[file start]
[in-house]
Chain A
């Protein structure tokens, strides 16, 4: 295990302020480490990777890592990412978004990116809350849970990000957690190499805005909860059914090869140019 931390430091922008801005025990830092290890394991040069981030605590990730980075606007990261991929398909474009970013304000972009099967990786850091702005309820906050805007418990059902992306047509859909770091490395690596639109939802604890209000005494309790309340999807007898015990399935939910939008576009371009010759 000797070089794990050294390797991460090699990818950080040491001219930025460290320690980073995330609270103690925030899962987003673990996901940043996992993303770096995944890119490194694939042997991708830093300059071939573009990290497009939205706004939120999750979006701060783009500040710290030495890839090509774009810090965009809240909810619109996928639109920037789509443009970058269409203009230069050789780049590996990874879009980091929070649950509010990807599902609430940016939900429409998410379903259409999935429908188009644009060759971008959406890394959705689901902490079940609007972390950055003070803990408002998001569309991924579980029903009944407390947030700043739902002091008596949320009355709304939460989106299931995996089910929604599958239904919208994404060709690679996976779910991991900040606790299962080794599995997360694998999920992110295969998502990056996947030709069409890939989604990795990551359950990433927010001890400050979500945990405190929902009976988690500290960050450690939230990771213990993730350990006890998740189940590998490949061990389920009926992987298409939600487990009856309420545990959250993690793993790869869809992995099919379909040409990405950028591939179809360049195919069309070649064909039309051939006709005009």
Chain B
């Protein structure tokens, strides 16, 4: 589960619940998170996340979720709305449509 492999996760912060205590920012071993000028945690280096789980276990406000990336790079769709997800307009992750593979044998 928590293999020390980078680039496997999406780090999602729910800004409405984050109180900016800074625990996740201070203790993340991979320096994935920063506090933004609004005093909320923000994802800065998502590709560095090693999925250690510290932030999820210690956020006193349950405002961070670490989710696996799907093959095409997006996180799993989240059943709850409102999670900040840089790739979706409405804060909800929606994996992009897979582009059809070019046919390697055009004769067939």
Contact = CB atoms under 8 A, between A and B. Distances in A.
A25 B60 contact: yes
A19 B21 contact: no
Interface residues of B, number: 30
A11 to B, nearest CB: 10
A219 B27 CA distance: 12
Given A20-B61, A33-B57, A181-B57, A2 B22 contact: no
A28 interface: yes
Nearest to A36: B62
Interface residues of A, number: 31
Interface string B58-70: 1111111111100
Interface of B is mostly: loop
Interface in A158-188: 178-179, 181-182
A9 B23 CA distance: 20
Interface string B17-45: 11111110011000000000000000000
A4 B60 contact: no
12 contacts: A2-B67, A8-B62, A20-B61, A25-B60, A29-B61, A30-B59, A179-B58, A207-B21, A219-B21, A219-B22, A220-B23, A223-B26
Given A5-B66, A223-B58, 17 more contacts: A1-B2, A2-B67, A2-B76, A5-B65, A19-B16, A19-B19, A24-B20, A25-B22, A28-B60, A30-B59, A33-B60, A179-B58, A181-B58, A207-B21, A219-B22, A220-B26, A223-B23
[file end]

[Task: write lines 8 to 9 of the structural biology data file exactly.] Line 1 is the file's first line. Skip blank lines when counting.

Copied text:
A19 B21 contact: no
Interface residues of B, number: 30